17. 17. priming implicit (automatic) memory effect ! in which exposure to one stimulus! influences a response ! to another stimulus
  18. 18. florida! forgetful! bald! gray! wrinkles exercising! rapidly! send! typical! clears Bargh et al. (2000)
  19. 19. priming people with money! makes them more selfish Vochs (2006)
  20. 20. support to increase ! funding for schools ! is higher ! if voting takes place in schools Berger et al. (2008)
  21. 21. people litter less in the train! if there is a smell ! of cleaning product De Lange et al (2012)
  22. 22. women who were exposed ! to flowers! perceived the man! to be more attractive! and sexier Gueguen (2011)
  23. 23. more donation made ! when word ‘love’! was added to message Gueguen (2011)
  24. 24. children consumed ! 45% more food ! when exposed to ! food advertising in cartoons Harris et al (2009)
  25. 25. illusion of validity or illusion of skill with example being! stock traders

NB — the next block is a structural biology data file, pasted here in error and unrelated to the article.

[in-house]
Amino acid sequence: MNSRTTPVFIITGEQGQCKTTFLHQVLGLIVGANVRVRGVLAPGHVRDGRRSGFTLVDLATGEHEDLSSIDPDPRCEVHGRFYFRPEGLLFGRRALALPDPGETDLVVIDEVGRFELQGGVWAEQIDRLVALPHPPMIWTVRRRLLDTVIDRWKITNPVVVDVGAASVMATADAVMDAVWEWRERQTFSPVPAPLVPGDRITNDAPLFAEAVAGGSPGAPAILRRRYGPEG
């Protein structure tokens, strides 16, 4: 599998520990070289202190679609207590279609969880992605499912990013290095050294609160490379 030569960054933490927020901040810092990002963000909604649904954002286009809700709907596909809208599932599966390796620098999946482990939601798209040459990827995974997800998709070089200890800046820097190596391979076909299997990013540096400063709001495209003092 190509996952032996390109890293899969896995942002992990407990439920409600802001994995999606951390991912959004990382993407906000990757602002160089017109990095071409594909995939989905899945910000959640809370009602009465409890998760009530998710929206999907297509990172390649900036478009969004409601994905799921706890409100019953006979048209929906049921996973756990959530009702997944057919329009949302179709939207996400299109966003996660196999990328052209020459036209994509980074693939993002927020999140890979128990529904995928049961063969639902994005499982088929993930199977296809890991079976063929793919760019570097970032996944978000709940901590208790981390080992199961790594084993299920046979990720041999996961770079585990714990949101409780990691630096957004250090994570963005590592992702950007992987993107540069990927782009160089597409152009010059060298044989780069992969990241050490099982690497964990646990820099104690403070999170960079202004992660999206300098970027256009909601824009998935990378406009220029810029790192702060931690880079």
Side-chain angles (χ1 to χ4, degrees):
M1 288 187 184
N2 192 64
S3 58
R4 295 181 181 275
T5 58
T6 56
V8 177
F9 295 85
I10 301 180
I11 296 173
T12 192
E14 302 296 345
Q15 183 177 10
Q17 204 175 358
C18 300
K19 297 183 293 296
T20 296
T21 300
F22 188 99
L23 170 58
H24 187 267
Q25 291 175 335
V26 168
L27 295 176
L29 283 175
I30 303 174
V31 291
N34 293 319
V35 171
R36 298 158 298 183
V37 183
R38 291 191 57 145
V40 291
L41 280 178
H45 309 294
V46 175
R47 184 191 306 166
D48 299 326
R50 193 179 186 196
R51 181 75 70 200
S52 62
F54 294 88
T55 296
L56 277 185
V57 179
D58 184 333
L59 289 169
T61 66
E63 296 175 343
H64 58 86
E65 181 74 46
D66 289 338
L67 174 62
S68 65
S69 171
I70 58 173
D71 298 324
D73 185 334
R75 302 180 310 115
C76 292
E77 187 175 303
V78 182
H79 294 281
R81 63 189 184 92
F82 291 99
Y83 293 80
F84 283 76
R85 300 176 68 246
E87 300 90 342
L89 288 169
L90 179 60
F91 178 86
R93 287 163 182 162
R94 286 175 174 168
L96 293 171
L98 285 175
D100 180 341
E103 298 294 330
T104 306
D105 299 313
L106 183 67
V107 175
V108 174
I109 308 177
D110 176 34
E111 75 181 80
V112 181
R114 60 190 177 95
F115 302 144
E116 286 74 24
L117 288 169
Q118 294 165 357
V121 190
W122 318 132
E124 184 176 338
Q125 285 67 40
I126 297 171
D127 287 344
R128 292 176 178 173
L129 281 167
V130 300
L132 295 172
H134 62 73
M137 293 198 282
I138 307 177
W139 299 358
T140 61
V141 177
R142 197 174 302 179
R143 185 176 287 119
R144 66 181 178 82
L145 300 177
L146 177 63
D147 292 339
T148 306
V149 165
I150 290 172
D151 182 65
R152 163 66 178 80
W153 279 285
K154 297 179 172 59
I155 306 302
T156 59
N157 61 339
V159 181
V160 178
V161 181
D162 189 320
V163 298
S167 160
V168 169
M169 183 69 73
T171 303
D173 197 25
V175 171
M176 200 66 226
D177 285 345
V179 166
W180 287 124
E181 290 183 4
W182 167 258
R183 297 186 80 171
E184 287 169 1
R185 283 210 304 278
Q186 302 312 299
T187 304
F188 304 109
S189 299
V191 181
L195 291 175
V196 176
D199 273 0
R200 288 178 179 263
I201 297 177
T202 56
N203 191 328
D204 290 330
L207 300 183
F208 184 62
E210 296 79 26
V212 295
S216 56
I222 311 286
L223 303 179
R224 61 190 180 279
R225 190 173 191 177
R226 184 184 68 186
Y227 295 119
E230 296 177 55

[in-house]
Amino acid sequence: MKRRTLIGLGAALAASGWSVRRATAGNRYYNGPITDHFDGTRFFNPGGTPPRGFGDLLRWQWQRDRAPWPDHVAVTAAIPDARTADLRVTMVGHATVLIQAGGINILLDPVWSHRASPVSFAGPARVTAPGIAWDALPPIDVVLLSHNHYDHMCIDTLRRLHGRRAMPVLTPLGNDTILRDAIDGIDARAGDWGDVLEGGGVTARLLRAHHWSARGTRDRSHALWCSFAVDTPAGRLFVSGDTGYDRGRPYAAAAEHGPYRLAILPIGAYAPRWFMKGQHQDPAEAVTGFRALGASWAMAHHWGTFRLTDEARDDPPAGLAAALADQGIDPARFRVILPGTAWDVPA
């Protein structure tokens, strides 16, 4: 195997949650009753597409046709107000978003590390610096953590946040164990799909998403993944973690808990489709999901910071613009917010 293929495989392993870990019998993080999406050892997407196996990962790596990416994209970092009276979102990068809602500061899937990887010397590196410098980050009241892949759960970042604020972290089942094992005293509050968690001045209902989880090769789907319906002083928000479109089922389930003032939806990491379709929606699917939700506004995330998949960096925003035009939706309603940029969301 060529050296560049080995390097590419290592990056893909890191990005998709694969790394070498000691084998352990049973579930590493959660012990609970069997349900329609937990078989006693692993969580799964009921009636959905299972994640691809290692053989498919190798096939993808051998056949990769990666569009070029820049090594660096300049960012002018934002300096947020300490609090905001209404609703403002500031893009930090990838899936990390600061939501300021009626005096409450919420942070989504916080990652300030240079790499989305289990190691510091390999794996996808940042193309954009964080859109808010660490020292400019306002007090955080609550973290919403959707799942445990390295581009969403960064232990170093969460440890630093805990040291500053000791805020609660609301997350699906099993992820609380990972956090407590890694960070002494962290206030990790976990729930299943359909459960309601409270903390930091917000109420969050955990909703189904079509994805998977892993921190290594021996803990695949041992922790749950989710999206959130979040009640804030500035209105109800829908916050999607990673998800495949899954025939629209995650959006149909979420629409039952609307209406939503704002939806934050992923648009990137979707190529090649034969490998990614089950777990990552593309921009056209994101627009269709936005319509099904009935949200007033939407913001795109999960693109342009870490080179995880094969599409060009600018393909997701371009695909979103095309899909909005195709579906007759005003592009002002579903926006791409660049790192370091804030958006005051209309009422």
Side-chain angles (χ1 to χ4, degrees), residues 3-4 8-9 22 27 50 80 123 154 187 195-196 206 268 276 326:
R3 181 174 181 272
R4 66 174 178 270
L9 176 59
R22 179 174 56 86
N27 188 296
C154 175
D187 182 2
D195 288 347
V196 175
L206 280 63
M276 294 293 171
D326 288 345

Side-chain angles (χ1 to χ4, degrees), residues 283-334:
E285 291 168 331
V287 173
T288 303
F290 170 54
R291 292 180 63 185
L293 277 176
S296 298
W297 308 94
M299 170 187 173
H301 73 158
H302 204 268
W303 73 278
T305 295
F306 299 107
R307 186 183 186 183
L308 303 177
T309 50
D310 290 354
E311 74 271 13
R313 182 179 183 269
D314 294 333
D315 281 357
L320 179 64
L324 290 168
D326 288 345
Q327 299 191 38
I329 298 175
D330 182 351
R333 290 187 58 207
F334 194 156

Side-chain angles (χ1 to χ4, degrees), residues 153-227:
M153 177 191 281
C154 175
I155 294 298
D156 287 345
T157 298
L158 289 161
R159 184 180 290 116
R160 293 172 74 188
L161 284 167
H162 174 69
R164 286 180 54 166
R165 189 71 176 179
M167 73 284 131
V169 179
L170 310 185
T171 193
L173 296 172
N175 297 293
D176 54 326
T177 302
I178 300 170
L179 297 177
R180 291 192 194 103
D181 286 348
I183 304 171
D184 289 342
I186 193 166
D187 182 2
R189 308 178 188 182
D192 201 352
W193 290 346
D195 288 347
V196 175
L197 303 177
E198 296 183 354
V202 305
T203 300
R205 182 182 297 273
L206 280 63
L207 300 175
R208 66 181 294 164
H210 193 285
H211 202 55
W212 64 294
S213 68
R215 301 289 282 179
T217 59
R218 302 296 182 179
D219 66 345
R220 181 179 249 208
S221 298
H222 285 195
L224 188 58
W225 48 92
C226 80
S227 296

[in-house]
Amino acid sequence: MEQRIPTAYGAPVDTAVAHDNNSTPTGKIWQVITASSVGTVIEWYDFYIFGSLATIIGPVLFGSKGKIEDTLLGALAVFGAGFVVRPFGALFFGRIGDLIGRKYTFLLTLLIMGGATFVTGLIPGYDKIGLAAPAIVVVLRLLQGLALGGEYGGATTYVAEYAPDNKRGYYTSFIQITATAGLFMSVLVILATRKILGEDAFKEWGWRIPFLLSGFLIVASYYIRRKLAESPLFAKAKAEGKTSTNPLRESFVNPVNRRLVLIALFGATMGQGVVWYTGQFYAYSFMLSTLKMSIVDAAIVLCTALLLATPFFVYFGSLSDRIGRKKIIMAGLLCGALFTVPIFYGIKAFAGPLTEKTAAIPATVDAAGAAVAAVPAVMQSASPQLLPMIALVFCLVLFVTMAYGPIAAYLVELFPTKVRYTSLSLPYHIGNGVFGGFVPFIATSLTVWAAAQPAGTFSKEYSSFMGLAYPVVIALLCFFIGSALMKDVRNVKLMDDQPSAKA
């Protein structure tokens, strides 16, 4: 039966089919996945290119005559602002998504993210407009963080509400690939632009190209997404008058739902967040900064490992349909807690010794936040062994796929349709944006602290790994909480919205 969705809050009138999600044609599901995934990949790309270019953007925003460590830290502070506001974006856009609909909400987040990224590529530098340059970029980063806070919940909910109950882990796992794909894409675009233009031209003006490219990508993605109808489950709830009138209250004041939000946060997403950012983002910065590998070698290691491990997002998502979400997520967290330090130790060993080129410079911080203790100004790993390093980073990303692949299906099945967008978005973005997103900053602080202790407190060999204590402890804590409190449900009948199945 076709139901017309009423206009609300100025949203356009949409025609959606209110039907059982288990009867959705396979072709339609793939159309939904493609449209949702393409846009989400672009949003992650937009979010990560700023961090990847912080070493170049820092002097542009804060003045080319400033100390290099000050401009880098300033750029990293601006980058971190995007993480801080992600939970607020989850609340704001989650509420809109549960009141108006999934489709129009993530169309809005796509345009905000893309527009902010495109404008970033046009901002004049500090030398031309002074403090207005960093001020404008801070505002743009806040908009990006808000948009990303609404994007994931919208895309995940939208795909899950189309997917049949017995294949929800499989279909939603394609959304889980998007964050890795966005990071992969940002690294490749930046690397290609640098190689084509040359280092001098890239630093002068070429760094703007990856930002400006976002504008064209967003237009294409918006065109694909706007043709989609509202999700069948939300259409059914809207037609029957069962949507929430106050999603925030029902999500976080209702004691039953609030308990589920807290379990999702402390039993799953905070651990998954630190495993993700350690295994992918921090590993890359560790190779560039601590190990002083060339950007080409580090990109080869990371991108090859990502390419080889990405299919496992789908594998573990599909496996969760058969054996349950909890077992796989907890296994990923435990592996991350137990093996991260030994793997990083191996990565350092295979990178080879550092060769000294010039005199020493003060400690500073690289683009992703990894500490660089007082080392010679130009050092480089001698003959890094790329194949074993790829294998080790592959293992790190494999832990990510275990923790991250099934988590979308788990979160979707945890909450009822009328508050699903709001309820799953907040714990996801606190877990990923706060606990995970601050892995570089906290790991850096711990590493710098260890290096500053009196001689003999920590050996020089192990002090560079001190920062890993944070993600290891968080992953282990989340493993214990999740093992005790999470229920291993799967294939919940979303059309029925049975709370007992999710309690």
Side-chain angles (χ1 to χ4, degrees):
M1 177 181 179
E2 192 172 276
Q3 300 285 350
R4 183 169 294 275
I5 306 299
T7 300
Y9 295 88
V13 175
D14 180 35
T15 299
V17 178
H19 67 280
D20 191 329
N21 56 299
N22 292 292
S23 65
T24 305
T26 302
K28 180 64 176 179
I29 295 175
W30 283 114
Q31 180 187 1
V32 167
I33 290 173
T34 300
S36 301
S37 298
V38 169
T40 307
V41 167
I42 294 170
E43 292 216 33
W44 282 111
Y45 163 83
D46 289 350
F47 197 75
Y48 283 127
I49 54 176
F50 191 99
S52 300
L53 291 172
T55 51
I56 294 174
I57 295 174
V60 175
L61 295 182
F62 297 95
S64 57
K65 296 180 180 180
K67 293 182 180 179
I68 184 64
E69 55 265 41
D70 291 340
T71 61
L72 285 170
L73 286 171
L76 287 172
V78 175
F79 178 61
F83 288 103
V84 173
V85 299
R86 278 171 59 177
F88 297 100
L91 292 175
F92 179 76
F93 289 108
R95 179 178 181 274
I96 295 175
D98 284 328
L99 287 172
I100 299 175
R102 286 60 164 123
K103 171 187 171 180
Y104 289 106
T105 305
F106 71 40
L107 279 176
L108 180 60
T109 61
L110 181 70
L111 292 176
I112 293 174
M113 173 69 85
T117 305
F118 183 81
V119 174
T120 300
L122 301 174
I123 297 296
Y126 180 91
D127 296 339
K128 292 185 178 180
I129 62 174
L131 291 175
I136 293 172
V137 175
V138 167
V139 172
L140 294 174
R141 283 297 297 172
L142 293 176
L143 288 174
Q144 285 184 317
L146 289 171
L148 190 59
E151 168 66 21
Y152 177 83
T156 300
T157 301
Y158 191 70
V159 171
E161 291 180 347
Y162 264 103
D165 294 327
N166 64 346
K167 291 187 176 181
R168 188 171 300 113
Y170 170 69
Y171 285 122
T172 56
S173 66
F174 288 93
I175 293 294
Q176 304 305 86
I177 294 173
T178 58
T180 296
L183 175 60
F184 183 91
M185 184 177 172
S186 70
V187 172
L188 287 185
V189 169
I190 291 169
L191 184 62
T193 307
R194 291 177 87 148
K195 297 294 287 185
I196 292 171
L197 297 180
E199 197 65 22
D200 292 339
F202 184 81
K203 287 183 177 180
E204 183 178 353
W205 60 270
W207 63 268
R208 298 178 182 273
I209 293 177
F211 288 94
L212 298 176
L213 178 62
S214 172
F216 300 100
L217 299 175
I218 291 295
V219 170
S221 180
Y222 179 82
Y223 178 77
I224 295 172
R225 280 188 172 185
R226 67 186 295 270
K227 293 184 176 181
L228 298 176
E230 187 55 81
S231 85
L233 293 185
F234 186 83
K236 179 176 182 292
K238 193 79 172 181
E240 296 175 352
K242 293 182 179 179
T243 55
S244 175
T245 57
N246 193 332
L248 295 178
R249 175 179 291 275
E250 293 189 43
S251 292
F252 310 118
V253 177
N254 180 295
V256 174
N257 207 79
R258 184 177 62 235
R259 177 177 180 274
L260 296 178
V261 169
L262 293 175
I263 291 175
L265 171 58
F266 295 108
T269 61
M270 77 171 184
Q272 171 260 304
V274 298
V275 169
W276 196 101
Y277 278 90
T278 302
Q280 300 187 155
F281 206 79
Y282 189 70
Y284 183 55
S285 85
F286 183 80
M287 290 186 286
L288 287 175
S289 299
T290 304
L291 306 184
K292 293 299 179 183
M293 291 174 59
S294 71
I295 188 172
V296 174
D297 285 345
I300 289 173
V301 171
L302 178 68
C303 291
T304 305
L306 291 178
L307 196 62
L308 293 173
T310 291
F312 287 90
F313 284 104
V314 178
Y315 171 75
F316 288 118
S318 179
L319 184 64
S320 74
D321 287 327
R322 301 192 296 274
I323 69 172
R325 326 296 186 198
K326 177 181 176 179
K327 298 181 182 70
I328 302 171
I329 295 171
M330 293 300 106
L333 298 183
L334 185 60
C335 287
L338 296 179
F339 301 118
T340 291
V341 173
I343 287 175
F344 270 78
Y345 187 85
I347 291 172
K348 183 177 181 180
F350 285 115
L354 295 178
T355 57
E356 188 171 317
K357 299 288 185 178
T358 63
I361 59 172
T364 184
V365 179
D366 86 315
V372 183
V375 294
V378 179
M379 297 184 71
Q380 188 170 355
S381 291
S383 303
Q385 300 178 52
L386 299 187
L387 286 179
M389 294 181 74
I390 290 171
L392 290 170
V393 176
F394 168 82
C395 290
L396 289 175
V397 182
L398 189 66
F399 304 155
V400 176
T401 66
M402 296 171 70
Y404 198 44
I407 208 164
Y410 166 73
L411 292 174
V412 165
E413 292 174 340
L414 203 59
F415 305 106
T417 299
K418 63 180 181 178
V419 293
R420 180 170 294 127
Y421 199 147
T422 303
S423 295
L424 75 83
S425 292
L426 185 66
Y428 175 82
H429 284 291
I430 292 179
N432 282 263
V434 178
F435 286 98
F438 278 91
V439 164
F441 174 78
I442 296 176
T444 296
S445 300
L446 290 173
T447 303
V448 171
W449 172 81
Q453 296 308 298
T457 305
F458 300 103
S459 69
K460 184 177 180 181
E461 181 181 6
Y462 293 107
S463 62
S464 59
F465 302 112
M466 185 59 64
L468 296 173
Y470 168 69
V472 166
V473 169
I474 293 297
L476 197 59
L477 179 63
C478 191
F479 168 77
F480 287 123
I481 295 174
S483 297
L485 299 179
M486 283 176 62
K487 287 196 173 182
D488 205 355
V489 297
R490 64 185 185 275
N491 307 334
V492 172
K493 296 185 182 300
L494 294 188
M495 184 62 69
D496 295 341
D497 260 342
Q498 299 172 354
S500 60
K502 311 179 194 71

26. 26. shares sold by traders! did better ! than those they bought! by 3.2% per year Barber & Odean (2002) based on 10,000 accounts and 163,000 stock trades
  27. 27. most active traders ! had poorest results, ! while the investors ! who traded the least ! earned the highest returns Barber & Odean (2002) Trading is Hazardous to your Wealth
  28. 28. the men acted ! on their useless ideas for trading! significantly more often ! than women, ! and as a consequence ! women achieved ! better results in trading ! than men Barber & Odean (2006) Boys Will Be Boys rifenews.com
  29. 29. online consumption changed our habits in entertainment shopping! travel! work
  30. 30. mobile! is the new ! shop window
  31. 31. (2013) NUMBER OF CONSUMERS USING THEIR SMARTPHONE WHILE SHOPPING IN-STORE 70% (2012) NUMBER OF CONSUMERS WHO CALL OR VISIT A BUSINESS AFTER LOOKING FOR LOCAL INFO ON THEIR PHONE 77%
  32. 32. consumers! co-create! advertising! and branding
  33. 33. (2014) MORE VIDEOS UPLOADED TO every 60 days than the top three broadcasters produced in 60 years (2012) ONLINE VIDEO ADS RECEIVED 18.3% more viewer attention than TV commercials
  34. 34. digital traces of! online behaviour! search! click! view! like! share! follow! save